Alan Hugh Bishop, the former chief executive officer (CEO) of Garnduwa Amboorny Wirnan Aboriginal Corporation (Garnduwa), has today been sentenced in the District Court in Perth to two years imprisonment.
Mr Bishop was convicted of 38 offences under subsection 265-25(3)(a) of the Corporations (Aboriginal and Torres Strait Islander) Act 2006 (Cth) for dishonestly using his position as CEO to gain an advantage for himself or another person, or to cause a detriment to Garnduwa. The charges were laid against Mr Bishop in May 2016 following an investigation by the Registrar of Indigenous Corporations, Anthony Beven.
Mr Bishop entered a plea of guilty to each of the 38 charges on 28 April 2017.
Garnduwa is a not-for-profit corporation that provides sporting programs for Aboriginal youth in the Kimberley region of Western Australia. Its main source of income are grants from several Commonwealth and state government agencies.
On 37 occasions between July 2013 and December 2014, Mr Bishop, the CEO of Garnduwa since 1997, had a director co‑sign blank cheques that were then used by him to pay Garnduwa funds to himself as cash or into his personal bank account. On another occasion in August 2013 Mr Bishop used a Garnduwa cheque to pay funds to a third party to support his son’s employment. Mr Bishop had external suppliers create invoices and other documents to disguise the payments as legitimate business expenses of Garnduwa.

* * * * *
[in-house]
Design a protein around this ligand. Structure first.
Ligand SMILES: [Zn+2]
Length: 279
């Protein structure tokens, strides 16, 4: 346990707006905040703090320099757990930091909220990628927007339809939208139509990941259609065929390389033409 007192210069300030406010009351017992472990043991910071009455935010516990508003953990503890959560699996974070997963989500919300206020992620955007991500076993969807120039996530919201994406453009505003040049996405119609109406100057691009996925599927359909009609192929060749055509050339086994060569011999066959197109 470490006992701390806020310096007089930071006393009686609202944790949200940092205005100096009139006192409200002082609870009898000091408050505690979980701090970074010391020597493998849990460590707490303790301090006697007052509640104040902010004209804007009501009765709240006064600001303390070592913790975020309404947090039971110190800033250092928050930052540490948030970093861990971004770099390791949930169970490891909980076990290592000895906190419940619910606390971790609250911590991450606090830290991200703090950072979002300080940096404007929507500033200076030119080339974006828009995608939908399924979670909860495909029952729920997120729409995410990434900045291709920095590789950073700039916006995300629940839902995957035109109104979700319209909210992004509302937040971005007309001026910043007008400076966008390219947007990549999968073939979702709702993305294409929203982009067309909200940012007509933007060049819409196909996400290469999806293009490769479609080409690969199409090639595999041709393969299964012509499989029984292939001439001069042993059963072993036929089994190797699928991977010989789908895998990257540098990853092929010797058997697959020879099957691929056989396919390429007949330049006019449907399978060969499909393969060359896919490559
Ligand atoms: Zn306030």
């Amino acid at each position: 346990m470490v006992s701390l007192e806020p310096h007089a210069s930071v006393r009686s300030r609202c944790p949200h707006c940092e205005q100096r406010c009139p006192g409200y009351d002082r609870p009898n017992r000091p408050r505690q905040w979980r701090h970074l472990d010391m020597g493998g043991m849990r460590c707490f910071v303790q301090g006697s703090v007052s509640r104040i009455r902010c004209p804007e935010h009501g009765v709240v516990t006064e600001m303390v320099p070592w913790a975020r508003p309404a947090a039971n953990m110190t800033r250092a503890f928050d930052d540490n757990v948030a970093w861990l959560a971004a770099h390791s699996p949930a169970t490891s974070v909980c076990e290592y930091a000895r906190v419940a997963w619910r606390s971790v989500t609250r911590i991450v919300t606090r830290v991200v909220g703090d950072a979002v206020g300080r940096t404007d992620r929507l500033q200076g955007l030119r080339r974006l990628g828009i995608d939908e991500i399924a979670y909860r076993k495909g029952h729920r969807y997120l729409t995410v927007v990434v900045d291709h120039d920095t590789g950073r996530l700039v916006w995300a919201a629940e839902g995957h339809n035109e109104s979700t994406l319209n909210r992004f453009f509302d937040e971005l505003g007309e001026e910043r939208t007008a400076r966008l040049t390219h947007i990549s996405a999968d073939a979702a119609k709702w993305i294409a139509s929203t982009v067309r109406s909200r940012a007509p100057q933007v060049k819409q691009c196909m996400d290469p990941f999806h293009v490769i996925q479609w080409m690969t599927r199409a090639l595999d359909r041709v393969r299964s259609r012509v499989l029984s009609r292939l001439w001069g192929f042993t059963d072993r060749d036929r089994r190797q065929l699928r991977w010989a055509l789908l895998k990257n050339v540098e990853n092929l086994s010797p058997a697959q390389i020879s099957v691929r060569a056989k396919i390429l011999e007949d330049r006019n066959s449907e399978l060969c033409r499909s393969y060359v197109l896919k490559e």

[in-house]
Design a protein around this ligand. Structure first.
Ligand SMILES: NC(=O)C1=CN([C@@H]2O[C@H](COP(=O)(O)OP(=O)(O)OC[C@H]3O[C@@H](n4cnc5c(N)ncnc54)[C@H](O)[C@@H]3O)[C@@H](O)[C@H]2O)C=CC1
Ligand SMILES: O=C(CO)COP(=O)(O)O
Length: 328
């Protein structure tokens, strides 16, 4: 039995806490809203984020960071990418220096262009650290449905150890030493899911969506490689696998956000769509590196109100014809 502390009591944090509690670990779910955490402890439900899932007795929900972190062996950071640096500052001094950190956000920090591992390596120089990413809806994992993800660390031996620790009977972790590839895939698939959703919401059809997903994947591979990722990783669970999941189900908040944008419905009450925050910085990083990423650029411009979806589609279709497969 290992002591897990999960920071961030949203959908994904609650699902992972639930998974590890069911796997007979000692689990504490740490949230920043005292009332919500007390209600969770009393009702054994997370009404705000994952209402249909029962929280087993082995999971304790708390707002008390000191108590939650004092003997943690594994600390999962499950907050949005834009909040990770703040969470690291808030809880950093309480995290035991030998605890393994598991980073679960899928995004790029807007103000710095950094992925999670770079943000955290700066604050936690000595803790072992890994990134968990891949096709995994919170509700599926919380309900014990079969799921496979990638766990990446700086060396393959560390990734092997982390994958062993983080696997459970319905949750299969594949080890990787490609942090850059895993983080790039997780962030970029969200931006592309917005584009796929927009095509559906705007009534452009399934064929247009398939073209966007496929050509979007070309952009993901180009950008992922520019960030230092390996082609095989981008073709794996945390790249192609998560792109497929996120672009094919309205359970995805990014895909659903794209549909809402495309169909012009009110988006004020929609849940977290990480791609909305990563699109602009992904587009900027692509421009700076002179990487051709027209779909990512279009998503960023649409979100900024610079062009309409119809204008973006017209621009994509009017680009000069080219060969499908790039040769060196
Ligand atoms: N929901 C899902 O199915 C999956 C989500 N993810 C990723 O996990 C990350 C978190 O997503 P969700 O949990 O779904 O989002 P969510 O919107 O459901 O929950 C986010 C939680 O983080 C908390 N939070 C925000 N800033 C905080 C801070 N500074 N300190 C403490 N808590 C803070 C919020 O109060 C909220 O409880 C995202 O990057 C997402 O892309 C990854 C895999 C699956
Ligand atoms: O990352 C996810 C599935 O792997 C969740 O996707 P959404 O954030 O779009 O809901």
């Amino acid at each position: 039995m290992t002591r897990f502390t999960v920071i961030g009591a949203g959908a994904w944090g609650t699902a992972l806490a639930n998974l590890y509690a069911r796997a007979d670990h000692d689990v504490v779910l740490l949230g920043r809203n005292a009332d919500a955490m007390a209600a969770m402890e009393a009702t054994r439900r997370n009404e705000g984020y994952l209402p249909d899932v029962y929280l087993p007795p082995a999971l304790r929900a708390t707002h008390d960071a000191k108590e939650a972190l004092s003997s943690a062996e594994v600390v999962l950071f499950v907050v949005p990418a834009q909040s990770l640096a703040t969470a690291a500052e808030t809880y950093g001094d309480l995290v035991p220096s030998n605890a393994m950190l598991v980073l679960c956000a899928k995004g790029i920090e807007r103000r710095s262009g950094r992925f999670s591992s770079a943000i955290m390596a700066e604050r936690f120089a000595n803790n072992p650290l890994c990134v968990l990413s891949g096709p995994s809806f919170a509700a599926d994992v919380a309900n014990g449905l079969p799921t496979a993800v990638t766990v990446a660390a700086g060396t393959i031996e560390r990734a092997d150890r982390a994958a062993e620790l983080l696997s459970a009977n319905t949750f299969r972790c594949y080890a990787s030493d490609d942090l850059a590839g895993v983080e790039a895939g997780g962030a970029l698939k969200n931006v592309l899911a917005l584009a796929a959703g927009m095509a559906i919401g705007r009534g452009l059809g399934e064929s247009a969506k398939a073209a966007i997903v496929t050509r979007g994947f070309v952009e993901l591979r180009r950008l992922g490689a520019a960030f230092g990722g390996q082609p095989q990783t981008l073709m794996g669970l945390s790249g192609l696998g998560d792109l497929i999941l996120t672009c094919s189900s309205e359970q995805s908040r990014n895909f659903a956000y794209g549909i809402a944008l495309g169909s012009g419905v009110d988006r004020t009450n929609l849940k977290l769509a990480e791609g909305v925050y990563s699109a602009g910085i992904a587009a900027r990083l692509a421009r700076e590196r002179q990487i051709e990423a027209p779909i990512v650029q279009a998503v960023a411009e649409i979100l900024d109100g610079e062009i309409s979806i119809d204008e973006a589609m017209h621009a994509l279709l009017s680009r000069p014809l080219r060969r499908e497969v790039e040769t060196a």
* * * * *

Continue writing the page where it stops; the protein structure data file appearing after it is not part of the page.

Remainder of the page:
A total of $239,038.48 was dishonestly used by Mr Bishop. Garnduwa took civil action against Mr Bishop and he has repaid to Garnduwa all monies he misused.
Mr Bishop is to be released from prison after serving ten months on a $2000 bond to be of good behaviour for 18 months. His prison sentence commences today.
His conviction also automatically disqualifies Mr Bishop from managing Aboriginal and Torres Strait Islander corporations for five years after he is released from prison.
‘CEOs occupy a very special position of trust within a not‑for‑profit corporation. They are entrusted by the members and directors to at all times act honestly and in the best interests of the corporation,’ said Anthony Beven. ‘Mr Bishop seriously misused that trust. My office will continue to ensure that CEOs that act dishonestly are held to account.’
The matter was prosecuted by the Commonwealth Director of Public Prosecutions.
See the Registrar’s previous media releases of:
- 1 May 2017 MR1617-20: Former CEO of Kimberley corporation pleads guilty
- 4 August 2016 MR1617-03: Former Kimberley CEO appears in court
- 16 May 2016 MR1516-20: Registrar lays charges against former Kimberley CEO
(02) 6146 4738
20 October 2017